Noll’s Steelers appeared in four Super Bowls and won all four of them including the fourth in which he beat former defensive coordinator Bud Carson. This – combined with Carson’s lack of sustained success throughout his career – lead one to think that Noll was the true braintrust of the Steel Curtain defense which happened to be one of the most successful defenses as it pertains to sustained success. Not to mention the 1976 Steelers are universally considered a top five defense of all time. Noll can easily claim the most Defensive Player of the Year Award winners as all four that apply to Carson; Mel Blount, Jack Lambert and Joe Green (twice) won the award under his regime. Additional to this is the fact that he was instrumental in drafting Rod Woodson who would also go on to win the award giving Noll five Defensive Player of the Year Award winners to his name. Noll finishes amongst the top in all defensive categories. In the NFL Noll fielded 21 top five defenses based on points per game or yards per game and an additional eight top five defenses in the AFL. Noll managed to field two first place defenses based on points per game in the NFL and two more in the AFL. Finally, Noll produced two first place defenses based on yards per game in the NFL and three more in the AFL. Noll’s coaching tree includes Bud Carson who placed top ten on this list as well as guys such as Tony Dungy. Noll also was asked to approve of Bill Cowher –  as his successor. At the end of the day there are few, if any, knocks against Noll but countless reasons as to why he should be this high.

 

 

4) George Allen

Allen was a defensive coordinator for “Papa Bear” Halas and was originally just a scout for the Rams. However, Allen parlayed this into an NFL career. In his first full season As Hallas’ defensive coordinator Allen lead the Bears to allowing a league low 144 points which was 62 less than the next closest team. While in Chicago Allen drafted Hall of Famer Dick Butkus. He also was the coordinator for future Hall of Famers Bill George and Doug Atkins during their most productive years. He would later return to the Rams where he would aid in the development of the “Fearsome Foursome” with the legendary Deacon Jones. His second stint in Los Angeles was marred by the fact that he and owner Dan Reeves had multiple falling outs however he was capable winning a UPI NFL Coach of the Year Award. It would not be his last, however, as he would eventually win two AP NFL Coach of the Year, two Sporting News Coach of the Year, a PFW NFL Coach of the Year and another UPI NFL Coach of the Year Award. During his time as a head coach and defensive coordinator Allen fielded 21 top five defenses based on points per game or yards per game. Two of these defenses were first place finishers because they allowed the least points in the league and two were first place finishers because they allowed less yardage than the rest of the league.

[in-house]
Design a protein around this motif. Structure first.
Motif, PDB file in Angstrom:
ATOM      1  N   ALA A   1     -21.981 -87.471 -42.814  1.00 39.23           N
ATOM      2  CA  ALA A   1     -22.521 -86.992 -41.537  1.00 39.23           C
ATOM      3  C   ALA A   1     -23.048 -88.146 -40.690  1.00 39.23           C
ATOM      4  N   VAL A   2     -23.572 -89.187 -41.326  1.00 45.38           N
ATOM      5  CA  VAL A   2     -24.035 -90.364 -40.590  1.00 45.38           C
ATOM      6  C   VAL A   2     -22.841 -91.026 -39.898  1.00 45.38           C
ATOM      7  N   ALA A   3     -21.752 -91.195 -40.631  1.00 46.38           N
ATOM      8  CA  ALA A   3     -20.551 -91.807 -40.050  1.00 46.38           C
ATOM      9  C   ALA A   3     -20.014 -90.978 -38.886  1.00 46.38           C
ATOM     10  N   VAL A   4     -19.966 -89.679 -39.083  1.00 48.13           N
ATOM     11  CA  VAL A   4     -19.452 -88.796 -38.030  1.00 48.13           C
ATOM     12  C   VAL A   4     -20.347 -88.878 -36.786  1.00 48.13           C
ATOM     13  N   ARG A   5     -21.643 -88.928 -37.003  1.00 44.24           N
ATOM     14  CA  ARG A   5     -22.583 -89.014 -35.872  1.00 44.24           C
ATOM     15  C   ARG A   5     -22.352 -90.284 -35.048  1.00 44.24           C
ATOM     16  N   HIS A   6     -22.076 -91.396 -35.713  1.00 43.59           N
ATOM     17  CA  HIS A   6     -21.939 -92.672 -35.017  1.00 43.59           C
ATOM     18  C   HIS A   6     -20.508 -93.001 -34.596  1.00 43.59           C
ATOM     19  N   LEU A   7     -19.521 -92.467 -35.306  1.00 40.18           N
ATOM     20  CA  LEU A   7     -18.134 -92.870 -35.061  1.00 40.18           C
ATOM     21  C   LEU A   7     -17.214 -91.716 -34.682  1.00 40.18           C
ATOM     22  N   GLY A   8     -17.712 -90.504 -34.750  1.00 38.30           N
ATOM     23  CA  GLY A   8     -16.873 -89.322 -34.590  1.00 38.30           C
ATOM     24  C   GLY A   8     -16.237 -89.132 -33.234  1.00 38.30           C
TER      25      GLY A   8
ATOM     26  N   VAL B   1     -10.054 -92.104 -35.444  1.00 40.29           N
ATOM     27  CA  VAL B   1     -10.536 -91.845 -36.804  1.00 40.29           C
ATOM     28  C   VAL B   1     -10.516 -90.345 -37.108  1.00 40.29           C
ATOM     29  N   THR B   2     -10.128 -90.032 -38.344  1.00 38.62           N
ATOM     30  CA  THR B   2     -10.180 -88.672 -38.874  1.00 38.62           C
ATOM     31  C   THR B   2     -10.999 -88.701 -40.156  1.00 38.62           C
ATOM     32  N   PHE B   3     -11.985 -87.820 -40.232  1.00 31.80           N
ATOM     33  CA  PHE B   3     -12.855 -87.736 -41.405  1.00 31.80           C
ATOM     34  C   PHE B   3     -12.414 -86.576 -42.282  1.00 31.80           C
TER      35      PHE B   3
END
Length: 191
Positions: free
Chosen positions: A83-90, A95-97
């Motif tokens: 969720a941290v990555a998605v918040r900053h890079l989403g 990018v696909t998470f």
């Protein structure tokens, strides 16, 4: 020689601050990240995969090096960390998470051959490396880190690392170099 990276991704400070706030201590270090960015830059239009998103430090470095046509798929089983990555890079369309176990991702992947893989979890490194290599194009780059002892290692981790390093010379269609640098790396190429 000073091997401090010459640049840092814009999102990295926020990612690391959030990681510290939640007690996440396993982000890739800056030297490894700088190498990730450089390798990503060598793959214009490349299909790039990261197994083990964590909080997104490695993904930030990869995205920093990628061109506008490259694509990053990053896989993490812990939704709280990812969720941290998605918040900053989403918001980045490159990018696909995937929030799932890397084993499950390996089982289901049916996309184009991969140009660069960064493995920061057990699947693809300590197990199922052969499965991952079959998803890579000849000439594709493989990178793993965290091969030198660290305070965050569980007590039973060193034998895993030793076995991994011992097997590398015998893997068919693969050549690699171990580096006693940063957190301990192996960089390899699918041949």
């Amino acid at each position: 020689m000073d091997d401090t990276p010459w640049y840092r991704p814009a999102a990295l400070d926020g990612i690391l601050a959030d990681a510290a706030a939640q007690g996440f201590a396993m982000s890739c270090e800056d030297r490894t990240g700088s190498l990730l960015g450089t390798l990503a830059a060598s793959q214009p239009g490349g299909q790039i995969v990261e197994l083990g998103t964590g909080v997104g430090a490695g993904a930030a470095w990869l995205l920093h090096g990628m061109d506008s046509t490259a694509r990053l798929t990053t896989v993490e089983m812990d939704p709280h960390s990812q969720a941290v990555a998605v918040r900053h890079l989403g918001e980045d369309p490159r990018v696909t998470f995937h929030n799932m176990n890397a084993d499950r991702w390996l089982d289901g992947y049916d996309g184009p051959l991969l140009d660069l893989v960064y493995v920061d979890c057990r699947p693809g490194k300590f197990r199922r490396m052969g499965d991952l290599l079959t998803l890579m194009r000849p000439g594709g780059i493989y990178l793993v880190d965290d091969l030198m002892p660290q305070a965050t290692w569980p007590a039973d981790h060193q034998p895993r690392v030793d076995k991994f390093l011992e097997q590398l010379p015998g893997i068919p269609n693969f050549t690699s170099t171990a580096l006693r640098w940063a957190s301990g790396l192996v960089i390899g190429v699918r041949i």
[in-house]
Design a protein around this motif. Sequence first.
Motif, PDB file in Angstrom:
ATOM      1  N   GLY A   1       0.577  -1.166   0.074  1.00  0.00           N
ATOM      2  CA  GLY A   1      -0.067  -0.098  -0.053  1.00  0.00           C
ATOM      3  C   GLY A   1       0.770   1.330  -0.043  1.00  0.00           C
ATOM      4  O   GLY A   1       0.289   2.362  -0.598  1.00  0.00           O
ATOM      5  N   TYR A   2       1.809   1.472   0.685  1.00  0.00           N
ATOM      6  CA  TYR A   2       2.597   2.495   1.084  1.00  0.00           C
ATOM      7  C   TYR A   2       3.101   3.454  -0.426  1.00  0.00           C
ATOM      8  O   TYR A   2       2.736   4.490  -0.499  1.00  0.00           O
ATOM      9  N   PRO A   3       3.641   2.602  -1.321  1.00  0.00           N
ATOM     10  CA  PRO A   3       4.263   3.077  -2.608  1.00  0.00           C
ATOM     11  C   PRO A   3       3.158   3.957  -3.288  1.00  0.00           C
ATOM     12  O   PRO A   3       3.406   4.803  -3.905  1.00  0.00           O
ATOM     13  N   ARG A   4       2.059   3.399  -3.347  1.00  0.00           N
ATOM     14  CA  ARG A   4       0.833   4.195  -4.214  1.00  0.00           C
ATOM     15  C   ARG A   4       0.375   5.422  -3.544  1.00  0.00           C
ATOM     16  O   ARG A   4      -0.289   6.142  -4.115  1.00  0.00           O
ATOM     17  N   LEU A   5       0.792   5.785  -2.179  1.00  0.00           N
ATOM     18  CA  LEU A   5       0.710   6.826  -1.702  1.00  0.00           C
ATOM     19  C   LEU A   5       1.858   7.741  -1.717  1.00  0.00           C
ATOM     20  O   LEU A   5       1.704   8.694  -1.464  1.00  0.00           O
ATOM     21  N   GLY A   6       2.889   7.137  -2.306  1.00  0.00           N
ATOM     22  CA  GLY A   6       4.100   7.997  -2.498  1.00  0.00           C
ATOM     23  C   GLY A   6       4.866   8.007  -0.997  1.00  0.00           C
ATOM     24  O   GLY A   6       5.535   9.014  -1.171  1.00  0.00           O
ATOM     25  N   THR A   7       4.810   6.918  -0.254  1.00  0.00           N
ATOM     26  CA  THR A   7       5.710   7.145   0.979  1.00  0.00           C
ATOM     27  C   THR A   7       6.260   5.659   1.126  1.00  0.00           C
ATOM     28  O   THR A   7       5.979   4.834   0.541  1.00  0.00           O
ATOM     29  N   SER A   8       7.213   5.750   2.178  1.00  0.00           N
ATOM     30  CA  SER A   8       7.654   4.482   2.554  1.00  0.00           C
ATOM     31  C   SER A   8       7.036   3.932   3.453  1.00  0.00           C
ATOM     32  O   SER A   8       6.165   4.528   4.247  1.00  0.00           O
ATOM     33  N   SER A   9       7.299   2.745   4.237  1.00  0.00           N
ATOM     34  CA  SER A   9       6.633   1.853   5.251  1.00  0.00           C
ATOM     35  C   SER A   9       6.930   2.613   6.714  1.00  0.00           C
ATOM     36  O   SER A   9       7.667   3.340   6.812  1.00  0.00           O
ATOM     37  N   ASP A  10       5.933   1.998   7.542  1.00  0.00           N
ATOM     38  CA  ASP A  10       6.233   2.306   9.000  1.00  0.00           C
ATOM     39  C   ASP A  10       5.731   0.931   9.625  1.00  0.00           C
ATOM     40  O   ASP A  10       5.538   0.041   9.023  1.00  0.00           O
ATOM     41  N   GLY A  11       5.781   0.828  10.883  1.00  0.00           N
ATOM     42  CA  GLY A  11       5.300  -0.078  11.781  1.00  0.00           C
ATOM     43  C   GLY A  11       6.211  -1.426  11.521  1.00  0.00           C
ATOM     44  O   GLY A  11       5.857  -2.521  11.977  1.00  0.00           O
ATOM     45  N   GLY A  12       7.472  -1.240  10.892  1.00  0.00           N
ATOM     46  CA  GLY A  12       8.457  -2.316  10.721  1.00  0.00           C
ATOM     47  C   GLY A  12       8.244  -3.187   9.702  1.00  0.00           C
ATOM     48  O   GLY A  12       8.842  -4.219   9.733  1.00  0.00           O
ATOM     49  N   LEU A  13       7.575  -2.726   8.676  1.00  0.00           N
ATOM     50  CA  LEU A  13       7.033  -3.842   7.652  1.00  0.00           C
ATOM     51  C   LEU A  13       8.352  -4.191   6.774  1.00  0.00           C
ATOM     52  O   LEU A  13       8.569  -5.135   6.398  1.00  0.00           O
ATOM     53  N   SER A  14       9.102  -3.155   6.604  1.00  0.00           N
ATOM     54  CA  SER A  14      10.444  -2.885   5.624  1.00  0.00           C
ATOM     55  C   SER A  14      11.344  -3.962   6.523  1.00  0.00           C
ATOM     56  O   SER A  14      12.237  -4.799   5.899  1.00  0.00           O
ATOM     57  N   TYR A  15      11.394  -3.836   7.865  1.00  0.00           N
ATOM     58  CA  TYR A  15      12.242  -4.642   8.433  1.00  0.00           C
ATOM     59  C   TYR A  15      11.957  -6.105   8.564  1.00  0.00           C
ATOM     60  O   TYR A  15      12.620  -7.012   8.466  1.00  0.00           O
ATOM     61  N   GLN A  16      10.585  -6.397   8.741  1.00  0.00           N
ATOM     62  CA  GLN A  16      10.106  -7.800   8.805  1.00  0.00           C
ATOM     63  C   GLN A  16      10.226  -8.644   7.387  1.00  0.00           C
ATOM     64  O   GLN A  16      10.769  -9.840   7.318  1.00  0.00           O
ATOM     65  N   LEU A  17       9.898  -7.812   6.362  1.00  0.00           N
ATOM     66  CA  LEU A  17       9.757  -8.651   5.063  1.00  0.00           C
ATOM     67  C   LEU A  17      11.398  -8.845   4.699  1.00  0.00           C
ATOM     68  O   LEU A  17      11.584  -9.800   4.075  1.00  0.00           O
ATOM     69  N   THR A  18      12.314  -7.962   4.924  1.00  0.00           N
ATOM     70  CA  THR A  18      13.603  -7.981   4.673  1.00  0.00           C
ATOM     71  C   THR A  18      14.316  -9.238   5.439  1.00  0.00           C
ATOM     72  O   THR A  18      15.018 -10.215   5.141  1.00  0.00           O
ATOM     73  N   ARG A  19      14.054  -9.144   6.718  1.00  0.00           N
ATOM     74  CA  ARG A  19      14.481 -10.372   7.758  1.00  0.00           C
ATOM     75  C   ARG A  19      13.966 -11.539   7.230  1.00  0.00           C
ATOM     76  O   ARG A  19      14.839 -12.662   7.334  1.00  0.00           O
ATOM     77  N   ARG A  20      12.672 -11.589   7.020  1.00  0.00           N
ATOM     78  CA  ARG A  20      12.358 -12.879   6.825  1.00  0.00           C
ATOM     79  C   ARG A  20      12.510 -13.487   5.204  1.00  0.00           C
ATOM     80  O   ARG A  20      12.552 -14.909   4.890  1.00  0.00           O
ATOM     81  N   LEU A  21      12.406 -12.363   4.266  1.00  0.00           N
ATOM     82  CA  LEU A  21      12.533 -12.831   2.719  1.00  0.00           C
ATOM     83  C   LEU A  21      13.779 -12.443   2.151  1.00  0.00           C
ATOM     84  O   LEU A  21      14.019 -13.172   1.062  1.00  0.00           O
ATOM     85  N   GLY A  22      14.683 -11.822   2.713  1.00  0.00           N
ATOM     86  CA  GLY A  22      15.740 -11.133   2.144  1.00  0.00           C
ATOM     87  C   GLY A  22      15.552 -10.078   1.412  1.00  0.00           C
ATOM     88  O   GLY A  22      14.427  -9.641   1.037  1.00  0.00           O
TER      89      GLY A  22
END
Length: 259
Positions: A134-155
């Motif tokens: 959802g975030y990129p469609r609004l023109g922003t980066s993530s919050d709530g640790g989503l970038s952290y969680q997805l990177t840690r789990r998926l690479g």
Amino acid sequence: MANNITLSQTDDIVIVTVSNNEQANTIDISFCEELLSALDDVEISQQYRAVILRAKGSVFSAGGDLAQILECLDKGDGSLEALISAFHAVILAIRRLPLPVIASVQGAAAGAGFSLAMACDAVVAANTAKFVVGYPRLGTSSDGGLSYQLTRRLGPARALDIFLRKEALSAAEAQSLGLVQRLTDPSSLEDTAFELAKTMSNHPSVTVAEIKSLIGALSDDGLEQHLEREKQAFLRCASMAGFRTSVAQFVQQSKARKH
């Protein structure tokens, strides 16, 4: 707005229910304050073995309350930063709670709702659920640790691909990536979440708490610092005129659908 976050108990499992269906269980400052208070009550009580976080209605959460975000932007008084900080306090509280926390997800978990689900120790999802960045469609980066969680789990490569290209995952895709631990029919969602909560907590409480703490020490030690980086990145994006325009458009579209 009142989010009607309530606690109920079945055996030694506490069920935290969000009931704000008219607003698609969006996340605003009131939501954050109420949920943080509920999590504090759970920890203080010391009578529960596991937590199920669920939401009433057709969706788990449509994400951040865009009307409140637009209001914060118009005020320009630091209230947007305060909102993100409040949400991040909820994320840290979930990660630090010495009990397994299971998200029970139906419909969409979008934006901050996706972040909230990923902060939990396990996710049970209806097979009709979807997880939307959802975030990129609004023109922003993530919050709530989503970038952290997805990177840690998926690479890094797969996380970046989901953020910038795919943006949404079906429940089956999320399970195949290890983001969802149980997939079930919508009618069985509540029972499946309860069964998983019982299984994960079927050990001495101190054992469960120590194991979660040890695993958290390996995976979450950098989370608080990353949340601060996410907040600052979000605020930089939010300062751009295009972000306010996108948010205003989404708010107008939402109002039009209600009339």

3) Wade Phillips & Bum Phillips

Two of the most overlooked and underappreciated coaches in NFL history, and throw in two of the most innovative also. The two common concepts Bum Phillips is often credited with bringing to football in general and the NFL in particular are the numbering system for defensive fronts and the professional version of the 3-4 defense. Phillips worked for Paul “Bear” Bryant at Texas A&M in 1958, and it was there that the current numbering system (one-technique, three-tech, five-tech, etc.) became common nomenclature.

Bum invented the 3-4 and from watching Super Bowl 50 it looks like his son Wade has perfected it. Wade utilizes blitzing linebackers better than any coach in the history of the NFL. The big knock on Bum and Wade was they could get there but the couldn’t win it. Will this year changed that as Wade’s defense completely throttled Cam Newton and the panthers.

 

2) Bill Belichick

Belichick’s career started under Bill Parcells and he quickly took off by helping Lawrence “LT” Taylor become arguably the best linebacker in the history of the NFL. LT remains, to this day, the best 3-4 outside linebacker to ever play and it is in part to Belichick’s tutelage. Taylor was capable of winning the Defensive Player of the Year Award an unprecedented three times while under Belichick’s tutelage.

If that weren’t enough, Belichick put his game plan to perfect utilization in Super Bowl XXV and was capable of stymieing the Buffalo Bills’ K-Gun attack to the point that the Hall of Fame selection committee felt that his game plan should be preserved in the Hall. A feat that has only been accomplished three times and only by two individuals.

After taking the Head coaching job at New England he masterminded another Super Bowl upset in Super Bowl 36 slowing down the greatest show on turf. Then his defensive wizardry against Peyton Manning in the playoffs has been legendary.

 

1) Tom Landry

Landry invented the defense that over 85% of NFL defenses have used since it’s inception; the modern day 4-3 defense. Yes, that was Landry’s brainchild. But he also invented the “Flex Defense” as well. With these two innovations Landry was capable of fielding the infamous “Doomsday Defense” that helped lead the Cowboys to five Super Bowl appearances and two wins.

Prior to becoming the head coach of the Cowboys Landry was the defensive coordinator for the New York Giants. During his tenure the Giants went to three NFL Championship games winning only one of them. That brings Landry’s career total to 8 World Championship appearances and 3 victories.

Perhaps his ability to win is a reason as to why he was twice voted the UPI Coach of the Year, once voted the Sporting News Coach of the Year and once voted the AP Coach of the Year.